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Franz SCHUBERT (1797-1828)
Six Moments Musicaux, D.780 (1823-1828) [32:00] Uzong CHOE (b. 1968) Moments Musicaux (2019) [13:49] Sergei RACHMANINOV (1873-1943)
Six Moments Musicaux, Op 16 (1st version 1896) [31:02]
Yeseul Kim (piano)
Rec. 11-13 February 2020, Mendelssohn-Saal, Gewandhaus zu Leipzig, Germany GENUIN GEN21725 [76:52]
This appears to be Korean pianist Yeseul Kim’s debut recording, but she is already a veteran of numerous international concert tours and has been a prizewinner in a number of prestigious piano competitions. This CD is certainly a very fine calling card, with good piano sound in a pleasantly resonant but by no means swampy acoustic.
Recording Schubert’s Moments Musicaux D.780 has to be considered fairly daring these days, with so many great recordings around. It is however always an attraction and rightly so. Kim’s playing is full of poetry, beautiful phrasing and lovely lyrical lines. For me there is however a touch too much reverence in some of these pieces. The second, Andantino lingers on nearly into the seven-minute mark, and the sense of musical flow is in places just too static. The following Allegro moderato is bouncy enough, and Kim’s elegance and sensitivity in colouring is evident even in this lighter bonbon and the following Moderato. This has a good sense of momentum to start with and plenty of contrast, though this also involves a kind of over-legato effect in which definition can become blurred. The central section has a gently rhetorical identity, but this again involves a bit too much stop-start between phrases. Touches such as a momentary lingering on the first chord of the Allegro vivace give the piece a mildly mannered feel, but I quite like Kim’s approach in the final Allegretto, which is not overly funereal and has the right kind of intensity to keep one engaged.
My alternative reference in the Schubert has in this case been Paul Lewis (Harmonia Mundi - review), not that he is necessarily the very best in this set of pieces, but his playing is more of a character that makes it memorable. Just by way of comparison, that second Andantino works better from Lewis in that, while there are inevitably those breaks between gestures, he ends each one in such a way that propels us towards the next. The Allegro vivace is an excuse for Lewis to bring out his bigger guns, but you can hear where a less fussy interpretation carries us forward and ultimately heightens the drama in this piece.
Uzong Choe works in a wide variety of styles including Korean popular music theatre. His Moments Musicaux, of which we hear a selection in this programme, contrast between the pared-down and atmospheric and even impressionistic, to dramatically compact and urgent pieces. There are moments with romantic flourishes, ritualistic repetitions, inclinations towards tonality and enigmatic open-endedness - in short this is a fascinatingly colourful world and one that would certainly seem to deserve a complete recording.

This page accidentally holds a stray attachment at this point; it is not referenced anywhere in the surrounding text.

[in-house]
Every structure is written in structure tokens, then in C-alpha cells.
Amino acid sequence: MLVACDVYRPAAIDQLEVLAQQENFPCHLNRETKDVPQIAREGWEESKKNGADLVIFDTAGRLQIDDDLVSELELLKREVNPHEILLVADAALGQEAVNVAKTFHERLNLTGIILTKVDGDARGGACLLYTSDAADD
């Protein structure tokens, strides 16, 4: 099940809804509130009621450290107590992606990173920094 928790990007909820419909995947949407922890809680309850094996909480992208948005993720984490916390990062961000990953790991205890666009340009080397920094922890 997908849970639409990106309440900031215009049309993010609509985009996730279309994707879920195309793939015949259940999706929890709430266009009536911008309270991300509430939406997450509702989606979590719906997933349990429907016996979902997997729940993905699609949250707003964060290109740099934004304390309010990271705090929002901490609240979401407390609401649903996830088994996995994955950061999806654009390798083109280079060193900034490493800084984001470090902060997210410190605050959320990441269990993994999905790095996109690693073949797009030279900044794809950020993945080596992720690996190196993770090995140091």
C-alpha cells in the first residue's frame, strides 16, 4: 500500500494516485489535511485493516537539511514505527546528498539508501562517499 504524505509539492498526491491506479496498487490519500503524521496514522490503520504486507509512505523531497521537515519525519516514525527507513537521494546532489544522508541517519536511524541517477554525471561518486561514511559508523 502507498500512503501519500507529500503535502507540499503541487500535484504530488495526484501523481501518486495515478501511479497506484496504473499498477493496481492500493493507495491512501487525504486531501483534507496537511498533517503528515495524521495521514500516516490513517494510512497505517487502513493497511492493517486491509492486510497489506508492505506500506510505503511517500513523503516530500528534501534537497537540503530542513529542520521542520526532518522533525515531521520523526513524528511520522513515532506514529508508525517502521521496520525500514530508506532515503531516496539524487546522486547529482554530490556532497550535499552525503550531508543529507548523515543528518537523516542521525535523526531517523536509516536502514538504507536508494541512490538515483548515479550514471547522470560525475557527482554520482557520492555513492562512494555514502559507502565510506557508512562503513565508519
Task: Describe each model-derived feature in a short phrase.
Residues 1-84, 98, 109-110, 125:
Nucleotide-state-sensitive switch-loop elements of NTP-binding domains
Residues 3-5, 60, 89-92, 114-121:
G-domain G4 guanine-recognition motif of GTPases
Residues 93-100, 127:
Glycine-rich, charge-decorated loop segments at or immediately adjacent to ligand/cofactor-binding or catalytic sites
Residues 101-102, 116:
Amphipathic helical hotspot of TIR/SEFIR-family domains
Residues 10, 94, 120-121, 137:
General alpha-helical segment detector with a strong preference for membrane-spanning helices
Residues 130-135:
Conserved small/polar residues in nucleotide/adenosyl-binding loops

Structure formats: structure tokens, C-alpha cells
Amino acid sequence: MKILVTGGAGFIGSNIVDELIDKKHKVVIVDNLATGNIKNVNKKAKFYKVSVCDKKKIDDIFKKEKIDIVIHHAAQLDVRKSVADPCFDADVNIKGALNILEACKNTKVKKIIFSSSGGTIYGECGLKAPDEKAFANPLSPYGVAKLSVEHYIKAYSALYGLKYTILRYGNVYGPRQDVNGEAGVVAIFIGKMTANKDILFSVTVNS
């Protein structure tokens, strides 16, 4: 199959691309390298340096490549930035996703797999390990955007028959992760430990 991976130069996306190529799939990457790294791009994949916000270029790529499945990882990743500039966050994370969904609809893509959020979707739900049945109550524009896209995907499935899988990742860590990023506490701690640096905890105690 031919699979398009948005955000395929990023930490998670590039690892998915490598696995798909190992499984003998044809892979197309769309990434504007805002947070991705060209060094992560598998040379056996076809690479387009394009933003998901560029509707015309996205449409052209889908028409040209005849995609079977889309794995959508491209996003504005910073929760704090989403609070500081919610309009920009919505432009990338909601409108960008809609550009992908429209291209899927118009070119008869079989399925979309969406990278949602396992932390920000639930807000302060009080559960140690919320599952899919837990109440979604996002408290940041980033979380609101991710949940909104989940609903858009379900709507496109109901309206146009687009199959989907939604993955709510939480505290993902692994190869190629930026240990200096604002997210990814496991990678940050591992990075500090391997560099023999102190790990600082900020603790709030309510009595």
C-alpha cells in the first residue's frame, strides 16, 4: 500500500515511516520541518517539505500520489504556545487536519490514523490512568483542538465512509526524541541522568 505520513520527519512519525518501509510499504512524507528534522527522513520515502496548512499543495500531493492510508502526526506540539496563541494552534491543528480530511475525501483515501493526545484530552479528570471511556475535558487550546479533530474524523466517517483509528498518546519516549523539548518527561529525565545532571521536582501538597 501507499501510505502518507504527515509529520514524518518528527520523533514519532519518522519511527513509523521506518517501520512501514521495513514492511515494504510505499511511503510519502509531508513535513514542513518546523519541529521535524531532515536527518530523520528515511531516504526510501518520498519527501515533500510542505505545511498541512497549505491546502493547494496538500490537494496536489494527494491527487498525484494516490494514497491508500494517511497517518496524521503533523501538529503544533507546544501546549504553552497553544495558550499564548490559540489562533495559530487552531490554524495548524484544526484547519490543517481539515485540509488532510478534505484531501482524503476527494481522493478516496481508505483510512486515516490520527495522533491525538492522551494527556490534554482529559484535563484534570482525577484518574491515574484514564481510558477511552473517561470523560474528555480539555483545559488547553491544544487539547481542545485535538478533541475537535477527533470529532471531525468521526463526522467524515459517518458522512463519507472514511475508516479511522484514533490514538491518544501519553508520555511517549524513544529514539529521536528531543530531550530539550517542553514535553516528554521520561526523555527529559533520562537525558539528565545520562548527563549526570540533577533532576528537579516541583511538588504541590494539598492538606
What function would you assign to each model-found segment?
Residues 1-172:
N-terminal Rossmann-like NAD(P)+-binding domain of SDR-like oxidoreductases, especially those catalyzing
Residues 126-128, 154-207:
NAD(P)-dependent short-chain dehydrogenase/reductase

Rachmaninov’s Moments musicaux Op 16 were written when he was 23 years old, and the title at least draws inspiration from Schubert’s D.780. This may be a relatively youthful work, but it is full of this composer’s feel for compelling harmonic progressions and pianistic fireworks in the service of remarkable musical intensity. Yeseul Kim proves her technical chops to stunning effect here, and while she might not have quite the Russian character as Vladimir Ashkenazy in his Decca recording (review) there is certainly enough to be going along with. Expressive pulling around of the music is arguably less problematic here than with Schubert, but Kim’s approach for instance in that gorgeously dark No 3 Andante cantabile is not so very different to Ashkenazy’s, the latter only gaining extra points for a more weighty touch in the left hand to bring out that soulful Russian spirit in the music. Elsewhere No 5 Adagio sostenuto has the right kind of line and layers of texture and is for once a little faster than Ashkenazy, while the final Maestoso is truly breathtaking.
In summary this is a very well-considered piano programme, and I have very much enjoyed hearing it. The Schubert worried me probably more than it would most people, and taken on its own terms it is still a masterful performance of that composer’s late masterpiece. Uzong Choe’s music has some magical moments, and the Rachmaninov is indeed stunning, so all things taken into account this disc has to be well worth considering.